In the 1980s film The Karate Kid, a scrawny boy named Daniel LaRusso masters the art of self-defence thanks to the unorthodox methods of his mentor, one Mr Miyagi. Balancing on fences for hours on end. Trapping flies with chopsticks. And of course, washing his master's car.
"Wax on, wax off," as the legend goes.
Sadly, it is a hopelessly romantic notion, one that is, like much of what took place in the 1980s, flakey.
Just ask the kids of the Joker Karate Club in Abu Dhabi. Forget Hollywood mysticism; for them, the reality is far more prosaic. Karate is all about hard work, military-like discipline and academic excellence.
And the results prove it.
At least for seven youngsters who represented the UAE at the World Shotokan Karate Championships in Istanbul earlier this month.
For nine-year-old Abdulaziz Al Ameri of the UAE and his 11-year-old sister Sarah; the Palestinian Assil Fathallah, 14; the Jordanian Saif Al Din Khalil, nine; the Lebanese Noura Rakab, 11; and George Ibrahim, 11, and Abdullah Al Akhras, 20, both of Syria, the Turkish adventure was an eye-opener, the first time so many had fought outside the UAE.
For their coaches, it was years of hard work finally paying off.
The Joker Karate Club was founded in 2004 and, despite its name, no one is left in any doubt that teaching martial arts within its walls is serious business.
"Our mission is to produce champions," says Yasser Amer, manager and supervisor of the club. "Not just to make money."
Few would disagree with him, or would dare to. He is a Black Belt 6 Dan Shokotan karate champion with several pan-Arab and Mediterranean titles to his name. He arrived in the UAE 13 years ago to train cadets at the capital's Police College. Now, he is overseeing the rise of Abu Dhabi's Karate Kids as well.
He says his kids have won "many awards" but concedes the capital lags behind Dubai, and even Sharjah, when it comes to karate competition. Now he believes this group has taken a major leap with their performances in Turkey.
"The event was extremely competitive," he says. "There were teams from Italy, Russia, Spain and Turkey, all excellent karate teams who have participated in the tournament before."
Despite their inexperience, the Joker Club representatives can be proud of their showing, according to their coach.
"They competed ferociously, and showed no nerves at all," Amer says. "I was surprised, and so were most of the parents, at just how high their standards were."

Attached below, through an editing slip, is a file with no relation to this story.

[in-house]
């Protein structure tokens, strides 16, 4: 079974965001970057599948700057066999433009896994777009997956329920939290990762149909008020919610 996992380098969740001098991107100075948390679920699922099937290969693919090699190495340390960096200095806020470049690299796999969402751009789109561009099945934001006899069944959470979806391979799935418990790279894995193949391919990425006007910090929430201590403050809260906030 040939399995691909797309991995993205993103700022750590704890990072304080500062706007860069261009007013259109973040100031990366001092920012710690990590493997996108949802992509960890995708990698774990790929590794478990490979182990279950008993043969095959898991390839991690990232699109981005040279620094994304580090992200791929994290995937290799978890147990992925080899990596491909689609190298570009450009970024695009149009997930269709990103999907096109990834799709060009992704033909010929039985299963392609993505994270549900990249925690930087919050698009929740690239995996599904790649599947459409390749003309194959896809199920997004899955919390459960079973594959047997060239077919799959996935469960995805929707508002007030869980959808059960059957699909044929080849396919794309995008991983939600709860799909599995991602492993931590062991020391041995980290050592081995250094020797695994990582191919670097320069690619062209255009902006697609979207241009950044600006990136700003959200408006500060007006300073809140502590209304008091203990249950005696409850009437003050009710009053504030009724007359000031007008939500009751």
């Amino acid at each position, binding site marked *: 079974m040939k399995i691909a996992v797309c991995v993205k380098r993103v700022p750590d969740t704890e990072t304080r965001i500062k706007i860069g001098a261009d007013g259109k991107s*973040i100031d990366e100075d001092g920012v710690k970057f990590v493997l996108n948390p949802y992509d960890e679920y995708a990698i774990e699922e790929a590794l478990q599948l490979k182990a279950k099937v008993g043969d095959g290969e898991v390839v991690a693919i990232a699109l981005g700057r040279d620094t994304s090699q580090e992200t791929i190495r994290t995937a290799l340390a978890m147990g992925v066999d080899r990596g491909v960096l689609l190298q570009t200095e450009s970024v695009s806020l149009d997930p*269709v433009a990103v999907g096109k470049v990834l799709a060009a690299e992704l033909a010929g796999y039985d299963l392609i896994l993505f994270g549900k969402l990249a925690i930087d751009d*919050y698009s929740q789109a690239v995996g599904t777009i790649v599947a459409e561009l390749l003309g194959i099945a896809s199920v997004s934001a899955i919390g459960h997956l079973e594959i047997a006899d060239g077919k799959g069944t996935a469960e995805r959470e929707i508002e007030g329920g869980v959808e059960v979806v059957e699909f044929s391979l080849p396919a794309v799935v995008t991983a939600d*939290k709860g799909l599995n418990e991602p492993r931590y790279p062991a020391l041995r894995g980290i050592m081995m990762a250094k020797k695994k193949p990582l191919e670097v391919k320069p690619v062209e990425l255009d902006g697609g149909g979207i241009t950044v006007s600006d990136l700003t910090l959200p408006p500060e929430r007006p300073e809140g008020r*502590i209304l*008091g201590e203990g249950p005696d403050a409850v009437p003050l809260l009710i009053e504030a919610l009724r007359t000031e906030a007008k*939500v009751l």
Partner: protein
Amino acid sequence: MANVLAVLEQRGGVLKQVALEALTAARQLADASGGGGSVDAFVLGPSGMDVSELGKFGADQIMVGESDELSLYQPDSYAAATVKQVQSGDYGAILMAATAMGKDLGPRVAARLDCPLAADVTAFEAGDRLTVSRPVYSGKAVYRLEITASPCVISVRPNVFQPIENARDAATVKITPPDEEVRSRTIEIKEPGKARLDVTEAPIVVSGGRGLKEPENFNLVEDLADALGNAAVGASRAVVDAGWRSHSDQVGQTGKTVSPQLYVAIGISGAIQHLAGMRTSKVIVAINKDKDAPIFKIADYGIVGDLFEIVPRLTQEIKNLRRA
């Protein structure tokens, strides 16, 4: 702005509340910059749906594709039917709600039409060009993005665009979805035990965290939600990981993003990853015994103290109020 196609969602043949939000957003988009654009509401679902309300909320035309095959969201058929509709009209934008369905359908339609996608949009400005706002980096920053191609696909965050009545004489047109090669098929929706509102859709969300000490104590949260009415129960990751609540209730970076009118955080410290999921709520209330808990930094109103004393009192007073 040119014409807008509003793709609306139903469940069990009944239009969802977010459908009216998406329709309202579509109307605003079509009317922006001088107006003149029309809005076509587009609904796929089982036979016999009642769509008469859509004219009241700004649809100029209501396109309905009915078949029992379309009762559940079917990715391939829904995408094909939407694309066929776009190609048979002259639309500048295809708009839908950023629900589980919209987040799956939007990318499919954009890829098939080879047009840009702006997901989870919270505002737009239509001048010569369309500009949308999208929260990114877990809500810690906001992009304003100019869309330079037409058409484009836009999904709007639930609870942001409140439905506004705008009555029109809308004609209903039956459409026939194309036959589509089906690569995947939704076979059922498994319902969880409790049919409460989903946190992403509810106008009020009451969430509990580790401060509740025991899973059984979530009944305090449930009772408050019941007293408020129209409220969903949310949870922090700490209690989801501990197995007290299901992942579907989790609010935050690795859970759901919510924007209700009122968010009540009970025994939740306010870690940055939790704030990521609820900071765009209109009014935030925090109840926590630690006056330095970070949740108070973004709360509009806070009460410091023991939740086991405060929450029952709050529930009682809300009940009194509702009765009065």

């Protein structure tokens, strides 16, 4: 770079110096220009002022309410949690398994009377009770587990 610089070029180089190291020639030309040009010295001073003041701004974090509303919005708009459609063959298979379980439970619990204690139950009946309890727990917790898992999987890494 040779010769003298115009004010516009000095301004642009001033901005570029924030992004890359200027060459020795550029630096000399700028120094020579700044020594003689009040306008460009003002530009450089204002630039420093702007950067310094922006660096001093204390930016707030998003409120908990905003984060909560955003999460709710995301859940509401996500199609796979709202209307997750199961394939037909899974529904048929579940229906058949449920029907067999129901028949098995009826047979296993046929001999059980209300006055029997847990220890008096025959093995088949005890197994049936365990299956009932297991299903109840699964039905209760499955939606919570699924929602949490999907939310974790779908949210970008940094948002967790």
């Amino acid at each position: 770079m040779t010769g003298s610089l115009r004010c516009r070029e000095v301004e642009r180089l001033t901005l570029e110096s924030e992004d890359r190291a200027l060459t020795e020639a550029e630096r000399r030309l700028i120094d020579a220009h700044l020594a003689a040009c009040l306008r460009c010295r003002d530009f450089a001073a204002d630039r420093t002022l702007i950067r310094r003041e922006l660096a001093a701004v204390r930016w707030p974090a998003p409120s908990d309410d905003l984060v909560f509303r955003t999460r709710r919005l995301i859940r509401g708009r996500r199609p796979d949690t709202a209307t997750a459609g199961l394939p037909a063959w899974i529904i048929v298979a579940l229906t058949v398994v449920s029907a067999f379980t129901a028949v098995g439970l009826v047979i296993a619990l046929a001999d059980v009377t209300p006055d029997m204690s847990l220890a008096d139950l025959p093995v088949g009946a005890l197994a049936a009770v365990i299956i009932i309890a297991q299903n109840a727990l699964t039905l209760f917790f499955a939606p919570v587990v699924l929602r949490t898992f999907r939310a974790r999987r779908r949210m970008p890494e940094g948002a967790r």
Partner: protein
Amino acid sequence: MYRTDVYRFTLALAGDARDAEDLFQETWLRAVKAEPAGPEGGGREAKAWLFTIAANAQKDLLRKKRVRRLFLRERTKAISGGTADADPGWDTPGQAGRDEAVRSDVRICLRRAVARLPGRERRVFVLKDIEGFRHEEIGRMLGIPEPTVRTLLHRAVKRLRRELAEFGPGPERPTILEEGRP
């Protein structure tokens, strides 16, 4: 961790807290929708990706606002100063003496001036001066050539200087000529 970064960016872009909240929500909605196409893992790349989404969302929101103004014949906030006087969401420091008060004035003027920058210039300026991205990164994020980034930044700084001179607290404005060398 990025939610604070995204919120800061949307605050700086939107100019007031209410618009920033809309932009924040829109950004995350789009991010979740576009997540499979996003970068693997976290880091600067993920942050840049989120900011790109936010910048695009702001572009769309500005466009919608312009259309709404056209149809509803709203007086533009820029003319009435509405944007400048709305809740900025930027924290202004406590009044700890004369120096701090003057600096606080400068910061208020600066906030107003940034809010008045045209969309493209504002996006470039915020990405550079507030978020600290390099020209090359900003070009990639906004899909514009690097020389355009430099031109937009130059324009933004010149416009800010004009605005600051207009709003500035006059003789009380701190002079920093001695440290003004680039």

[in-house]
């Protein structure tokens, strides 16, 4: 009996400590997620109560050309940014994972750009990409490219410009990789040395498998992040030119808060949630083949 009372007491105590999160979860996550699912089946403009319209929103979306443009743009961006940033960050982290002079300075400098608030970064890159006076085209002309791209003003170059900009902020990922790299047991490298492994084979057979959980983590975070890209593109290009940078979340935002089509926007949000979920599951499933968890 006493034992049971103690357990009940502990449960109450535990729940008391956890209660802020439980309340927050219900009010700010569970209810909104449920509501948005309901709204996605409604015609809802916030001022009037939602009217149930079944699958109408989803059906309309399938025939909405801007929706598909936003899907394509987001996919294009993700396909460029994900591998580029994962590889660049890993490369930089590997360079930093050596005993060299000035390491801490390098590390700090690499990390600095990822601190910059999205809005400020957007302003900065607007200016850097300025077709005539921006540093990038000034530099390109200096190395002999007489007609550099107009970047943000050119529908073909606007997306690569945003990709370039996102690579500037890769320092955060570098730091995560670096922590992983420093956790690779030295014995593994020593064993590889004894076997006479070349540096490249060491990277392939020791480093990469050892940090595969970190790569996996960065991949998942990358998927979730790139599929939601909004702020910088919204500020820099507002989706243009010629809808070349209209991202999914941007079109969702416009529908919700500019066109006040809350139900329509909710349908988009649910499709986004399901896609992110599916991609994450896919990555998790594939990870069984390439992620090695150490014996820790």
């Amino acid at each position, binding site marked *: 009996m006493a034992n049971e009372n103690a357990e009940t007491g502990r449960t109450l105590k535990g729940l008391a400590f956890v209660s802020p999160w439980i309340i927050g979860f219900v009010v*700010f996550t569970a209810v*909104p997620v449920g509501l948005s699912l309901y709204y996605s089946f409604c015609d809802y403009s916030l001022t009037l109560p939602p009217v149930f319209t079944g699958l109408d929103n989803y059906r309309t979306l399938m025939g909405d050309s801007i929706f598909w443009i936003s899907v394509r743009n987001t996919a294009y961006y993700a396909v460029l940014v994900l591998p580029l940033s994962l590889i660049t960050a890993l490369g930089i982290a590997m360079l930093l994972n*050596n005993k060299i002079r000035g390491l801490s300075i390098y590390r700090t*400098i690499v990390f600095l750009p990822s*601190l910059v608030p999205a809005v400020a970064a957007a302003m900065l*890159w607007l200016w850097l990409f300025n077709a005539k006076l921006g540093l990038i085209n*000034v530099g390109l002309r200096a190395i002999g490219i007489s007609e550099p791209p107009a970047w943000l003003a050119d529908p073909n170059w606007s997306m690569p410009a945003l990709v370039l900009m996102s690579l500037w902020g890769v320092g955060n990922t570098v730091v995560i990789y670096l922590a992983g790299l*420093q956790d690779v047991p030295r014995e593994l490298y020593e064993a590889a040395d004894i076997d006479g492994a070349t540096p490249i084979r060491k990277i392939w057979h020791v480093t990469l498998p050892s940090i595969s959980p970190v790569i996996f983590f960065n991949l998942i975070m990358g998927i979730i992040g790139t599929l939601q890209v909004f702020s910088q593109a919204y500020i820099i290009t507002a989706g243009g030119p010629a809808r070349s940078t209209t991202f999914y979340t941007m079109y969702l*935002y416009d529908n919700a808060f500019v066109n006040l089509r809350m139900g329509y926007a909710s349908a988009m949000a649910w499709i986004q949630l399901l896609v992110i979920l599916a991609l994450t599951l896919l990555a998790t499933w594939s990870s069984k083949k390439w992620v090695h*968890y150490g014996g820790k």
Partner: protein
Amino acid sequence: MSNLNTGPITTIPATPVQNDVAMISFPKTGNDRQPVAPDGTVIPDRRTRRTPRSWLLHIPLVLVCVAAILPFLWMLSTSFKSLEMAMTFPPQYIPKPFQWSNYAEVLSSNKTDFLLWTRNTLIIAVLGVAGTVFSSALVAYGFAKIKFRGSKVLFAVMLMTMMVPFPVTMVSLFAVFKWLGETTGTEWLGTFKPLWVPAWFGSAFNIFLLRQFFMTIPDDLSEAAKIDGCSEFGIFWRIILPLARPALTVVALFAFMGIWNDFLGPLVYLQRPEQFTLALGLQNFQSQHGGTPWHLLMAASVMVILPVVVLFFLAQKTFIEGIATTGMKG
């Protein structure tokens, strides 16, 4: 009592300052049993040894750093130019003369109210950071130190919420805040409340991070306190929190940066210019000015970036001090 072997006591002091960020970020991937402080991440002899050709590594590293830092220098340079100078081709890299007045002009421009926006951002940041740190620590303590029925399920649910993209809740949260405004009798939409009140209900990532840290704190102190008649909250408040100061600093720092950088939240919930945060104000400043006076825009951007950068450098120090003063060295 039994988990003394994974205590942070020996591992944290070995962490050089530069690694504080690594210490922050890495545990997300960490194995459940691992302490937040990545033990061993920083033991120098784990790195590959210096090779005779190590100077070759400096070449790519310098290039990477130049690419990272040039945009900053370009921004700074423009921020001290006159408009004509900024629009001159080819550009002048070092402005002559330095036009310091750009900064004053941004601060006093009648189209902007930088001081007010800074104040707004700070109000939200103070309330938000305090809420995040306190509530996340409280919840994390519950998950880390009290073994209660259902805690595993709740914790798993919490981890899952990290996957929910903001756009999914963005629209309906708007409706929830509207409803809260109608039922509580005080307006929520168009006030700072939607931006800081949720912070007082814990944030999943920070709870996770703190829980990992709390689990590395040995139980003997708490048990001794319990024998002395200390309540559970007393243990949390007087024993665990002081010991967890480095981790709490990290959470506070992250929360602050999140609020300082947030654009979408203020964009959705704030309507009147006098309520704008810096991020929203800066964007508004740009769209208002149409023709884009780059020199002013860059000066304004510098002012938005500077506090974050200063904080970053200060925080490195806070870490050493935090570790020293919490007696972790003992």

Assil Fathallah, a gold-medallist at the 2011 Dubai International Karate Championship, excelled, winning a bronze medal in the girls division. Saif Al Din Khalil, was fifth in his division.
Then there is Al Ameri, gold-medallist in the Under 35kg weight category at the Emirates Karate Championship 2013, and one of the school's most promising fighters.
In Istanbul, the nine year old reached the last eight in his division before bowing out to a vastly more experienced opponent.
"I enjoyed fighting there," he says. "I lost in the end, but I learned a lot from my opponents, they were very good and very strong. Too strong."
For Al Ameri, whose devotion to karate is matched only by his love for football and FC Barcelona, losing did not come easy.
"When Abdulaziz lost to an Italian opponent, he was crying; to me that shows the desire and hunger that he has, he expected to win," Amer adds.
The group was a product of a carefully tailored international-standards programme devised by Amer and his team of five trainers, all of them Arabs. Such attention to detail is applied across all of the club's activities.
The Joker Club is open to individuals from the age of three to 60-plus, and has between 100 and 150 students, of all nationalities, studying karate.
"We are the only school that tutors children in kindergarten," he says. "And we also have a 55-year-old surgeon that recently became a black belt."
But it is stronger collaborations with schools that the club is keen to foster; a system which rewards academic excellence has already been implemented.
The club gives priority of entrance to students with high grades, and they are required to maintain those standards. Those who excel are given priority to participate in tournaments.
"We stress that academic and sporting excellence are linked," Amer adds.
It is a sentiment Mr Miyagi would have agreed with. At least, after his car had been washed.
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